How to Advertise
Nader says expectations too
Green Party nominee for president campaigns at JCU
Thursday, September 28, 2000
By JOE FROLIK
and EBONY REED
So during yesterday’s campaign stops at John Carroll University in University Heights and in East Liverpool and Youngstown, Nader tried to turn that criticism on its head. He challenged audiences not to waste votes on Democrats and Republicans he dismissed as more similar than different.
And last night at John Carroll, Nader challenged everyone to think of the future in conditional terms.
What if 40-hour work weeks meant a fair living wage? he asked. What if we clean up our environment? Or if we had better education? What if we offered to help drug addicts rather than to treat them like criminals? What if we didn’t have corporate greed?
"Our expectations are too low in this country," said Nader, whose running mate is Winona LaDuke. "You keep [the] expectation down, and the demand doesn’t go up."
He reiterated themes at Youngstown State University’s Kilcawley Center. "After November, we’re going to see the Green Party emerge as a watchdog and a goad," he said. "Before it’s over, the two parties are never going to be the same again. They’re either going to stop bowing down to big business or they’re going to start going away."
Most recent polls show Nader drawing less than 5 percent of the vote against Democrat Al Gore, Republican George W. Bush and Reform Party candidate Pat Buchanan.
In East Liverpool, he called the vice president a "certified political coward" who betrayed the Columbiana County community by reneging on a 1992 promise to block a hazardous waste incinerator on the Ohio River banks.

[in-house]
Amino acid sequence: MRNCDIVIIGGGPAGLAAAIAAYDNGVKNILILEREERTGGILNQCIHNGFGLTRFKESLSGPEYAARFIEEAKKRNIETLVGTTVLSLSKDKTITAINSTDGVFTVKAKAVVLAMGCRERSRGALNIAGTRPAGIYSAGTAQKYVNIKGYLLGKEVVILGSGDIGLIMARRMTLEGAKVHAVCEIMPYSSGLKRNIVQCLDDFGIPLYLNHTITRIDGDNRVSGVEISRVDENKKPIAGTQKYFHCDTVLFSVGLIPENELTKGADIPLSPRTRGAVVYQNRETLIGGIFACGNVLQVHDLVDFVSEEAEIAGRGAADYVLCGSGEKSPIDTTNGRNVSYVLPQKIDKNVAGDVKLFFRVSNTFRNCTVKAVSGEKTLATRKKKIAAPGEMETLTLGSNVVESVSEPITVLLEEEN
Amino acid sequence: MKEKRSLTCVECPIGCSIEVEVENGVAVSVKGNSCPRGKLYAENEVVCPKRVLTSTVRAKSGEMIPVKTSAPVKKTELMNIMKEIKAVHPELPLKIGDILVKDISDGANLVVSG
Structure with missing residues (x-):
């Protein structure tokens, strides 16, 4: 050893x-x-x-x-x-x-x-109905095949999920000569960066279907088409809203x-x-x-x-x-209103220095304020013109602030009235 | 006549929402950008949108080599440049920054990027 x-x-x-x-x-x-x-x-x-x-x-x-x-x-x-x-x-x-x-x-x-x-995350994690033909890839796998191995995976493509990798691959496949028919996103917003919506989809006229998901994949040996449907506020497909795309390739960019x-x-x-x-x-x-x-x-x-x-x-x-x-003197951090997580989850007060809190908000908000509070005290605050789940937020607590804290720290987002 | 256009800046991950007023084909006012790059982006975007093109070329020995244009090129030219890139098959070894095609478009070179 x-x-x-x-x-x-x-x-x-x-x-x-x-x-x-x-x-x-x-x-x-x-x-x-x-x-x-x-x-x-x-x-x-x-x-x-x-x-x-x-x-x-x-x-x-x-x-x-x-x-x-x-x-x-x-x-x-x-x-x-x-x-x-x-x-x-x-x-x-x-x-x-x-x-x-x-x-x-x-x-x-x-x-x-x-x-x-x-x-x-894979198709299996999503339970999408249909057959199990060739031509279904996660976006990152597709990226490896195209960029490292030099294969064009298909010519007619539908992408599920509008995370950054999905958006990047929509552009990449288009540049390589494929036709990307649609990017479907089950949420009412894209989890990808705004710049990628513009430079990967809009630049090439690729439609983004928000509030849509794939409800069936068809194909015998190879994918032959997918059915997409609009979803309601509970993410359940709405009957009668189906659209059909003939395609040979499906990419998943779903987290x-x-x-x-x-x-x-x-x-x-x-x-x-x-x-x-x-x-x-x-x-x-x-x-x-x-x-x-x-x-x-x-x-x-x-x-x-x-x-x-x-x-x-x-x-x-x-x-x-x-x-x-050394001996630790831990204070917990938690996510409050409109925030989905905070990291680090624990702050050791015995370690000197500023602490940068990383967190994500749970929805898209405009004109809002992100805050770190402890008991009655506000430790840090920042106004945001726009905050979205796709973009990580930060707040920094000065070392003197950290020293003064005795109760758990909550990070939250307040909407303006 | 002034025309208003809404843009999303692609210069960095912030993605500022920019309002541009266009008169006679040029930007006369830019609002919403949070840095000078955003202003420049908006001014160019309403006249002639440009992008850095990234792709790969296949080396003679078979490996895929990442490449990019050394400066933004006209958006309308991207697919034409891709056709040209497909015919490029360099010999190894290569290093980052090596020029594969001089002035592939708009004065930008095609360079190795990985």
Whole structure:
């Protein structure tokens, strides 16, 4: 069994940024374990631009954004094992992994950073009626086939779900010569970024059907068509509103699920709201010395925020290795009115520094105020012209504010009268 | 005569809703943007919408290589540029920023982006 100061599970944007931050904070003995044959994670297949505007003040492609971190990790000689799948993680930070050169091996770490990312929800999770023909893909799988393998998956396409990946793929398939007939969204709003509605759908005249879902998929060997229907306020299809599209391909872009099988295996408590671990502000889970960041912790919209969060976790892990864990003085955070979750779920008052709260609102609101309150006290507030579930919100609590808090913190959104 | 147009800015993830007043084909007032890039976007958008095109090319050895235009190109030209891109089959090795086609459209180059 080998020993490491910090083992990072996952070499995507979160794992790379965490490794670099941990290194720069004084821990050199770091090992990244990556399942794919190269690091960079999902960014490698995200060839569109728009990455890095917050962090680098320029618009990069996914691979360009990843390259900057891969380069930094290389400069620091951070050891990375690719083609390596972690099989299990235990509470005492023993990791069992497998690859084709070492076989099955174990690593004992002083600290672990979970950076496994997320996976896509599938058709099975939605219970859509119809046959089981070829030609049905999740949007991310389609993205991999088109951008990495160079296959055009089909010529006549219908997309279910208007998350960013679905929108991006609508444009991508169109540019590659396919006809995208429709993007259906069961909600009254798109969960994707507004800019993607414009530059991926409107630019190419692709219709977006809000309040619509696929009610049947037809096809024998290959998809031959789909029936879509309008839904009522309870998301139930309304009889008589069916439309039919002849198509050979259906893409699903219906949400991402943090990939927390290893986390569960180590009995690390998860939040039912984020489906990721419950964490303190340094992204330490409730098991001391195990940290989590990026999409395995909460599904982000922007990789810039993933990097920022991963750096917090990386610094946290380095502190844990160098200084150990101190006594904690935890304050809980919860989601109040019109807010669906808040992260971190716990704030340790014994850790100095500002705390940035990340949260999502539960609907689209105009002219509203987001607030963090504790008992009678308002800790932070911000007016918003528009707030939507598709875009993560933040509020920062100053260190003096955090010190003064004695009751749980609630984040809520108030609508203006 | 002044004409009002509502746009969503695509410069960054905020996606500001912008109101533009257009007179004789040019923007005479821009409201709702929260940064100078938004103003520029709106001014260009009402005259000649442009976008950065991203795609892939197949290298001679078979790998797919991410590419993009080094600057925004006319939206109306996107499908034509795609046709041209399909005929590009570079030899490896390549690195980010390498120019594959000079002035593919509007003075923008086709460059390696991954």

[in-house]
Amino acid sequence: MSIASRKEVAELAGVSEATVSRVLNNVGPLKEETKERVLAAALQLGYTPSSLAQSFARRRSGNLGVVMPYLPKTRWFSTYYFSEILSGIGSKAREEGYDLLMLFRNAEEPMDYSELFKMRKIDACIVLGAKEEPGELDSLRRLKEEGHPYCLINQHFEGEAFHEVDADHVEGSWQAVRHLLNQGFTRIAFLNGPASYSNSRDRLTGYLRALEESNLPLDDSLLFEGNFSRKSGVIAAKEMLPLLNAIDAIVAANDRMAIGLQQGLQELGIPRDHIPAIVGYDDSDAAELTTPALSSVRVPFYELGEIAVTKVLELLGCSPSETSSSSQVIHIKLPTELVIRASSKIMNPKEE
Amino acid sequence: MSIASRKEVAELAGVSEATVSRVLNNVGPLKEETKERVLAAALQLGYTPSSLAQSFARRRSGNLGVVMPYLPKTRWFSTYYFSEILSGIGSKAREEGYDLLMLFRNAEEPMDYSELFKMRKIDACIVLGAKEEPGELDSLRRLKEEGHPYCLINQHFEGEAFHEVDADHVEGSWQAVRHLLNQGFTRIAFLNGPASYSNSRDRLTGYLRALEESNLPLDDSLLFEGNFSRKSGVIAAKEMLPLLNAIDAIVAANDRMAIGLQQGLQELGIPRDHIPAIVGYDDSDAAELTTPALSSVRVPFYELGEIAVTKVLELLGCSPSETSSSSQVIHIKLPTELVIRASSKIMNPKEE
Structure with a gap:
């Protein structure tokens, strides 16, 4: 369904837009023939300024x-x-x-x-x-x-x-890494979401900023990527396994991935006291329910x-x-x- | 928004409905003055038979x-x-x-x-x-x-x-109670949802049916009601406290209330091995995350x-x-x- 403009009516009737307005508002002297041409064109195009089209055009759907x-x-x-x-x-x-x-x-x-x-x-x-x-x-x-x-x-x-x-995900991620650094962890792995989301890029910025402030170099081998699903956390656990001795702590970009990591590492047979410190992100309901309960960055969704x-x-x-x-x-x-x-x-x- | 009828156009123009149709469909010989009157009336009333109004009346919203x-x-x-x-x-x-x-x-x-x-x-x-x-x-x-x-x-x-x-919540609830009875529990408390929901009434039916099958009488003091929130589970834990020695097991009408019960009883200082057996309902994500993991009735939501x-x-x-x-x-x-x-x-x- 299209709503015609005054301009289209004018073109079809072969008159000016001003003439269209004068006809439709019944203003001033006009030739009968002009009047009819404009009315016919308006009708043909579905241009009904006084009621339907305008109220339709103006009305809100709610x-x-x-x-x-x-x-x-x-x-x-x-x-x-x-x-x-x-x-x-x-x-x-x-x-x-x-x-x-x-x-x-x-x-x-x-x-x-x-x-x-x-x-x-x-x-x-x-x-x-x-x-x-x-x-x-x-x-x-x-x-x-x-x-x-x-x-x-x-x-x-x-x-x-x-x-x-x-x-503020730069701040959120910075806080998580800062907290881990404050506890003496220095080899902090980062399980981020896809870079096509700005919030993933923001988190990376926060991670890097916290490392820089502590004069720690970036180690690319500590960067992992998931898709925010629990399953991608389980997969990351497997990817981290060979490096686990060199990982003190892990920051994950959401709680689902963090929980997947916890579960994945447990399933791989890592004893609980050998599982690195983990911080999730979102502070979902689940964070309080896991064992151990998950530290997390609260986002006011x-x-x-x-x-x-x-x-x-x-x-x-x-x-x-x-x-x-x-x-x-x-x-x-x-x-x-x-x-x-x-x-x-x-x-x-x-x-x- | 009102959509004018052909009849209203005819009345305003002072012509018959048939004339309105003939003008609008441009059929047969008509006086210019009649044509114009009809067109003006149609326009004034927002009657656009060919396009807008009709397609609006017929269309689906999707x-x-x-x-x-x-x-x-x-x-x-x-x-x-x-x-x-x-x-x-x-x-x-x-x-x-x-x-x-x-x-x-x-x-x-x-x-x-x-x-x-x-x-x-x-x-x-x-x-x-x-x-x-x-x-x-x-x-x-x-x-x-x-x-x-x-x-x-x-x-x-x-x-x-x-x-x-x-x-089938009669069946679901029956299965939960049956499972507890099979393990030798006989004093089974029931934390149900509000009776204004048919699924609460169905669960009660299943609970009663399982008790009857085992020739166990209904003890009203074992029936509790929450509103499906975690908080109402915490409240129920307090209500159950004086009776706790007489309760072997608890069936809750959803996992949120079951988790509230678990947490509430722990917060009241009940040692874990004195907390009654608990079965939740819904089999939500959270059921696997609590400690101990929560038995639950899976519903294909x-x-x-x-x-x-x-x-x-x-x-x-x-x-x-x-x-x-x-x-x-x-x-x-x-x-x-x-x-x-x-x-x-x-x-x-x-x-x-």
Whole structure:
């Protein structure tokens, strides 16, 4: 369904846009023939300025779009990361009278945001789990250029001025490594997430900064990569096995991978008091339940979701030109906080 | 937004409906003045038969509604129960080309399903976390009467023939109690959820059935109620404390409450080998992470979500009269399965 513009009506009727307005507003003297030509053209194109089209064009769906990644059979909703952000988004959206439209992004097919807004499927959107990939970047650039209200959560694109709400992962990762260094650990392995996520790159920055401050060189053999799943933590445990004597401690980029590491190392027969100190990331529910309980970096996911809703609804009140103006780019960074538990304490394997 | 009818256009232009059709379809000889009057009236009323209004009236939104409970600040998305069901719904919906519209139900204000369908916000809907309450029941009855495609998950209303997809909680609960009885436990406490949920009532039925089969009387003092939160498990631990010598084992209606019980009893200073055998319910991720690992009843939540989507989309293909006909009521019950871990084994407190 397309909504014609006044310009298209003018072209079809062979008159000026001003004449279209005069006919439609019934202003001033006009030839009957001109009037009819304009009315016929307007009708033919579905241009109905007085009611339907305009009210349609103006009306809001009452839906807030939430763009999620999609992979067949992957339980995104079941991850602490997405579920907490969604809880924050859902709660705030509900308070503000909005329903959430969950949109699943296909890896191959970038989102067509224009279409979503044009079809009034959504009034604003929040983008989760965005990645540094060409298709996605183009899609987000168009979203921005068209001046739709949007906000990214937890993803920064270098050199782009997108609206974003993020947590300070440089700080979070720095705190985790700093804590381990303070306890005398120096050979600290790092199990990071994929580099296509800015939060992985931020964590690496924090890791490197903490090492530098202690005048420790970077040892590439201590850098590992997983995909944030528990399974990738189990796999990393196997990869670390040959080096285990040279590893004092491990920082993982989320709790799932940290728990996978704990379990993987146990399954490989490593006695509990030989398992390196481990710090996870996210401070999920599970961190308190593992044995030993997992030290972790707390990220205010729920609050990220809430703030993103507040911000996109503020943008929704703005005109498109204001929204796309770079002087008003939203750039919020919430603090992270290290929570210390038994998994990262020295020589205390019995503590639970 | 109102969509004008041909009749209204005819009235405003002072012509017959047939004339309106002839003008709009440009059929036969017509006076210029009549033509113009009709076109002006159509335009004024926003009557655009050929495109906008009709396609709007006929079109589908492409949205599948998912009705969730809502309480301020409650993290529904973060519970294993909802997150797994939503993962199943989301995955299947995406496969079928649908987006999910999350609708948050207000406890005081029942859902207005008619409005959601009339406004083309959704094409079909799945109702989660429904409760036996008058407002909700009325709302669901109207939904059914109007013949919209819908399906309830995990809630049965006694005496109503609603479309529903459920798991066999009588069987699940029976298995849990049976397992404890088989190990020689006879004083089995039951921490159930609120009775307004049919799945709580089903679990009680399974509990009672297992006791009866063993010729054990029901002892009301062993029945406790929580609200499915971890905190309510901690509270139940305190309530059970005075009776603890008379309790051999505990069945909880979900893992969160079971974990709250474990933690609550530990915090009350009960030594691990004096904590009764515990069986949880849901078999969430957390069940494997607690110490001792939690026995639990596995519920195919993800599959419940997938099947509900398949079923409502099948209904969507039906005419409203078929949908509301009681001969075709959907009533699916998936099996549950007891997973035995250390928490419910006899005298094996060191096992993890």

"Mr. Gore," Nader said at a news conference at the offices of the local school district, "after seven years of denials and delay, the time has come to shut down that incinerator."
Gore has maintained that a last-minute decision by the outgoing administration of Bush’s father, George Bush, made it impossible for him to halt the Von Roll Waste Technologies Industries incinerator. In a letter sent Tuesday to Nader, George Frampton Jr., chairman of the White House Council on Environmental Quality, insisted the plant has received more scrutiny "than any other such facility."
But weeks ago Nader asked whether Gore asked Bush’s Environmental Protection Agency to delay WTI’s final permits. Frampton’s letter did not address that. White House spokesman Jim Kennedy said he was unable to verify if a request had been made.
At every stop, Nader pushed a platform - including universal health insurance and tougher stances on trade deals - that he said is not even on the radar screens of Gore and George W. Bush. He urged voters not to settle for "the lesser of two evils, because at the end of the day, you’ve still got evil."
That hit home with Richard Wolf, president of the East Liverpool school board and long-time foe of the incinerator. He had been planning to vote for Gore over Bush, whom he considers weaker on environmental issues.
"But I’ve been doing a lot of thinking," Wolf said, "and [Nader] has to be a viable option."
Phone: (216) 999-4548
Phone: (216) 999-4848
©2000 THE PLAIN DEALER. Used with permission.